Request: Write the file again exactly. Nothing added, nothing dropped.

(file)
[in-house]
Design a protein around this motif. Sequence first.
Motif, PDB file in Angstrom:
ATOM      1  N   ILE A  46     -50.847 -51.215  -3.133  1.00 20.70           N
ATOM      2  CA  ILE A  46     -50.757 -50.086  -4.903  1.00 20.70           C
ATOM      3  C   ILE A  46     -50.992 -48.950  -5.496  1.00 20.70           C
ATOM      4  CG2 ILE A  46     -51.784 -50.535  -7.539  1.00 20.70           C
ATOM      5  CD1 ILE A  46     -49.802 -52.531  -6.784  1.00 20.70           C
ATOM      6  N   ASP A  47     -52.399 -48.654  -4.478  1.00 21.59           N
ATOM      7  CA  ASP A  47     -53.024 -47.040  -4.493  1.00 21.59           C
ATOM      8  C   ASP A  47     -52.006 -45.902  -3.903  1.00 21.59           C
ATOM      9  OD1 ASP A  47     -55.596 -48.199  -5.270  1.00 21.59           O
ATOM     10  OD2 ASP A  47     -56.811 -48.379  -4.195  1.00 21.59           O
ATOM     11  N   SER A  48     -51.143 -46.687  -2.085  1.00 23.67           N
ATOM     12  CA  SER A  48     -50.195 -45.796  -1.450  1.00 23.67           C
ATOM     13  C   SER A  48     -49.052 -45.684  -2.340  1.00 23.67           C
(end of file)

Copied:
[in-house]
Design a protein around this motif. Sequence first.
Motif, PDB file in Angstrom:
ATOM      1  N   ILE A  46     -50.847 -51.215  -3.133  1.00 20.70           N
ATOM      2  CA  ILE A  46     -50.757 -50.086  -4.903  1.00 20.70           C
ATOM      3  C   ILE A  46     -50.992 -48.950  -5.496  1.00 20.70           C
ATOM      4  CG2 ILE A  46     -51.784 -50.535  -7.539  1.00 20.70           C
ATOM      5  CD1 ILE A  46     -49.802 -52.531  -6.784  1.00 20.70           C
ATOM      6  N   ASP A  47     -52.399 -48.654  -4.478  1.00 21.59           N
ATOM      7  CA  ASP A  47     -53.024 -47.040  -4.493  1.00 21.59           C
ATOM      8  C   ASP A  47     -52.006 -45.902  -3.903  1.00 21.59           C
ATOM      9  OD1 ASP A  47     -55.596 -48.199  -5.270  1.00 21.59           O
ATOM     10  OD2 ASP A  47     -56.811 -48.379  -4.195  1.00 21.59           O
ATOM     11  N   SER A  48     -51.143 -46.687  -2.085  1.00 23.67           N
ATOM     12  CA  SER A  48     -50.195 -45.796  -1.450  1.00 23.67           C
ATOM     13  C   SER A  48     -49.052 -45.684  -2.340  1.00 23.67           C